Who all can use beacons? Traffic cops to get list
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Alarmed by the security risk posed by scores of vehicles sporting amber or red beacons without necessary clearance, traffic police constables posted across the city have now been directed to either familiarise themselves with, or carry around with them, a list of dignitaries who are authorised to travel in such vehicles.
The traffic police have been warned in the past that unauthorised vehicles with beacons pose a serious security threat. The latest move is the outcome of a scare that was sparked off on November 13, when a suspicious-looking Volkswagen Vento with an amber beacon was found roaming through parts of the city. The vehicle was spotted by a high-ranking police officer, who relayed the information to the main police control room.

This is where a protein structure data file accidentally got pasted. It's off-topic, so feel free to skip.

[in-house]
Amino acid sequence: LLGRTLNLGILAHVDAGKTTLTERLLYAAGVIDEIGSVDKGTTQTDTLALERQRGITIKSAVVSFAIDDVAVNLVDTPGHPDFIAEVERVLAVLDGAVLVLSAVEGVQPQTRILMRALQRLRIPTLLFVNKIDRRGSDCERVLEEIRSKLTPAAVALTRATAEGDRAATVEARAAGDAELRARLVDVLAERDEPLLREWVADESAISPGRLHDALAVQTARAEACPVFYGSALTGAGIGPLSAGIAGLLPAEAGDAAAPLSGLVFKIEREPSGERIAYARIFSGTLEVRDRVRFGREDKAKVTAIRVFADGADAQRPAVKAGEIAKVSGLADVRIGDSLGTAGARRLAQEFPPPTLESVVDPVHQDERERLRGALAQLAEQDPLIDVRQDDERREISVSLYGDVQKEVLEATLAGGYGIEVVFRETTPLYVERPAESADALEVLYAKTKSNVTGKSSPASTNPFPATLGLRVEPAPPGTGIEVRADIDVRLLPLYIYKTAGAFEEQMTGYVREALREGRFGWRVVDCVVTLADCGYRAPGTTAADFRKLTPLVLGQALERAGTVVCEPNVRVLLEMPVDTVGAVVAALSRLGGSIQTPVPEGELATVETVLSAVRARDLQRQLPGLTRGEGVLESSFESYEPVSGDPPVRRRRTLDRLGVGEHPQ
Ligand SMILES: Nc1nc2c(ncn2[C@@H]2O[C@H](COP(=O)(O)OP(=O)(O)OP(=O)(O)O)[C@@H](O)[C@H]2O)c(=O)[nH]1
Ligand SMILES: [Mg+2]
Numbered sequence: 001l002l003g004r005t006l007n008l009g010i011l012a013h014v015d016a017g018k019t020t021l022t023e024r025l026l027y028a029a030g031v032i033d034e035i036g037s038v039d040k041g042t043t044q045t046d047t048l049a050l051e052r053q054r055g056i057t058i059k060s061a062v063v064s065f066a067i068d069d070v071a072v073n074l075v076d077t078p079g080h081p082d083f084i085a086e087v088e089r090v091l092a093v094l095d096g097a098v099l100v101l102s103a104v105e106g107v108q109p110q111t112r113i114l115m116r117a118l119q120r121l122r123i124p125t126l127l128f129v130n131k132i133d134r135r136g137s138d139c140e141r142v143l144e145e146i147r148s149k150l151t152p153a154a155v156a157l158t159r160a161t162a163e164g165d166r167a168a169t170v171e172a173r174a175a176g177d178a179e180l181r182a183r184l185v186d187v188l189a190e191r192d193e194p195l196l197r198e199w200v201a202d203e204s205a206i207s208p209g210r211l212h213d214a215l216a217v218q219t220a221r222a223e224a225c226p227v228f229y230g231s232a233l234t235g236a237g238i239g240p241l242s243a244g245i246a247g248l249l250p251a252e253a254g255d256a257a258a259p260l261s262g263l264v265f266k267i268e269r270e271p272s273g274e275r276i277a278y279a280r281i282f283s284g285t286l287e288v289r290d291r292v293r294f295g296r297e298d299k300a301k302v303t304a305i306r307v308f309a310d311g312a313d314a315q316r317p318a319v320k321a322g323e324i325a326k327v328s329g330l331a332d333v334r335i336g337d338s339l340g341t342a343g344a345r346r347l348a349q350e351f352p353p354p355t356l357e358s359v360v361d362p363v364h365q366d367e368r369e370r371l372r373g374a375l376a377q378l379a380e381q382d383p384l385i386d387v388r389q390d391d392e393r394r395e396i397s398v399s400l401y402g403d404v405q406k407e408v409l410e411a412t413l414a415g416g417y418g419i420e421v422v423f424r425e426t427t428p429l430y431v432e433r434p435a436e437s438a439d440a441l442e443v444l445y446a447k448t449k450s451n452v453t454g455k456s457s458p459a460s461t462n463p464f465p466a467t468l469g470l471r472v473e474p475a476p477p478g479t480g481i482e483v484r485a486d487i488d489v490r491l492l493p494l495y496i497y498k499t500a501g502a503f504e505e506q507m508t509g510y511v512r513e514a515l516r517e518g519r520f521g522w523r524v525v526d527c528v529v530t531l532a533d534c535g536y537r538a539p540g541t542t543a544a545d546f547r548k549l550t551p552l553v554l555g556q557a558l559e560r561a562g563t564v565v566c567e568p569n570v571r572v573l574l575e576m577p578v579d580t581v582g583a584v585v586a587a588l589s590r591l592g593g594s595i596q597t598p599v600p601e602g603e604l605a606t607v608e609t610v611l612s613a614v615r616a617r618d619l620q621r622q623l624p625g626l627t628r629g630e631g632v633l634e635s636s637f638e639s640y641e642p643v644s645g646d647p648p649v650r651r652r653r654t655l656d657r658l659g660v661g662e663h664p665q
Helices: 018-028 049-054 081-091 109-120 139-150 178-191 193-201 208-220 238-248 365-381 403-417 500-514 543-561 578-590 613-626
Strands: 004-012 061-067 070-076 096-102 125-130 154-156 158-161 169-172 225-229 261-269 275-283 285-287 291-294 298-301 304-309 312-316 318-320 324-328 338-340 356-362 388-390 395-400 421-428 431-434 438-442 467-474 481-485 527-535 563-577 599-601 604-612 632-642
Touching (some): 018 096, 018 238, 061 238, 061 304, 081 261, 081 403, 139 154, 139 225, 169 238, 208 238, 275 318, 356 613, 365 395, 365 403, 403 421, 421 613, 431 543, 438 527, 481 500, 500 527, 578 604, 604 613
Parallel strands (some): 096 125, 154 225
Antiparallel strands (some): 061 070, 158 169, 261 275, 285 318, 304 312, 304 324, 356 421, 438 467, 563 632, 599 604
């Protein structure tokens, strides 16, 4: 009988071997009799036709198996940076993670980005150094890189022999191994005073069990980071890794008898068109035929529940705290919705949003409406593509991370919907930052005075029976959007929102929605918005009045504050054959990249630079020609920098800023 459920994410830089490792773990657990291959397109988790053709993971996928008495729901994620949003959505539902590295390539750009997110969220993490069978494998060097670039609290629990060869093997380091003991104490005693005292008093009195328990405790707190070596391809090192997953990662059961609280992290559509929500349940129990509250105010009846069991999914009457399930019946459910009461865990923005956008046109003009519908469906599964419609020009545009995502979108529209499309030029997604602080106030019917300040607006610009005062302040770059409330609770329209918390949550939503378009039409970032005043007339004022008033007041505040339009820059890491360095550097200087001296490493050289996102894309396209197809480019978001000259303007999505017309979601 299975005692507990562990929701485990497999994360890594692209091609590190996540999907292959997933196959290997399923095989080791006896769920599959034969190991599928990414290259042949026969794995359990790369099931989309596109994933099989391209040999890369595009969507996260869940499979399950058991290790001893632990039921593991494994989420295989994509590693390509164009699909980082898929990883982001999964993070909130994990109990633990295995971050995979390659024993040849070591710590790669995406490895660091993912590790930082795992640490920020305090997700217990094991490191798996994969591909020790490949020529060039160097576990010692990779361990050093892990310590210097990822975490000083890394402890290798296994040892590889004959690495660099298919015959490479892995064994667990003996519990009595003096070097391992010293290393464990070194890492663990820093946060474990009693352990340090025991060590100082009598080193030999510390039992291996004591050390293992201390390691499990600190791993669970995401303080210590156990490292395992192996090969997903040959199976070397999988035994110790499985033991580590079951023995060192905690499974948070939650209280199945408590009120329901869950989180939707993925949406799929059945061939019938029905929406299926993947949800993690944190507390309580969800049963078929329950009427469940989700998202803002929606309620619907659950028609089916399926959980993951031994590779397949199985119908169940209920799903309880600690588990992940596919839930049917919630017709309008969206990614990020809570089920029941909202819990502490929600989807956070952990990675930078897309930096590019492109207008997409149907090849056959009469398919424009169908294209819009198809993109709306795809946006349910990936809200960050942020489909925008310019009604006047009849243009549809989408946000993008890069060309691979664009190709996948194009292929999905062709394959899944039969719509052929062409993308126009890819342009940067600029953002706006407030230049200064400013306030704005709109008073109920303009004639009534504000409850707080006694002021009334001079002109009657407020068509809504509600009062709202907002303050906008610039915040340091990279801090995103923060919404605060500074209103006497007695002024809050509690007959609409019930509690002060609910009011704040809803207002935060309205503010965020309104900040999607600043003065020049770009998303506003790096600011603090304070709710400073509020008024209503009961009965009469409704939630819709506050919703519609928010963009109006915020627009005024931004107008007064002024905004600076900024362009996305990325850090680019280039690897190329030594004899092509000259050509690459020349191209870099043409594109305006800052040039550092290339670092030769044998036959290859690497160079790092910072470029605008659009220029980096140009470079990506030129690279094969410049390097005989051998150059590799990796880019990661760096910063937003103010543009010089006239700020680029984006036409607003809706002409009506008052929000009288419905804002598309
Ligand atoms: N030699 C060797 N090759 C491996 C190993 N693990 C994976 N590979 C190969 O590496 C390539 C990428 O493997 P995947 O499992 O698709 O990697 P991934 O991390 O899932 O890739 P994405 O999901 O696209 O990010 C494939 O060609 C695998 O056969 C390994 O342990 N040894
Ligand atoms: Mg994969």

When the vehicle was finally intercepted, it was found to belong to a Deputy Superintendent of State Excise who was not authorised to use a beacon. "The official was not entitled to use a beacon on the vehicle. It has been noticed that traffic constables are usually intimidated on seeing vehicles beacons on them, and owing to their ignorance about which officials are authorised to travel in such vehicles, they do not even stop them for checks. This is a serious security hazard, as terrorists or other criminal elements may attempt to infiltrate restricted areas in such vehicles, like in the case of the 2001 Parliament attack," said a top Mumbai Police officer, who did not wish to be named. "The traffic constables have now been instructed to familiarise themselves with the list of Central and state ministers, judges, magistrates, lawyers, and government officials who are authorised to travel in vehicles sporting red or amber beacons. If necessary, they have been asked to carry around the list with them for ready reference," said the officer.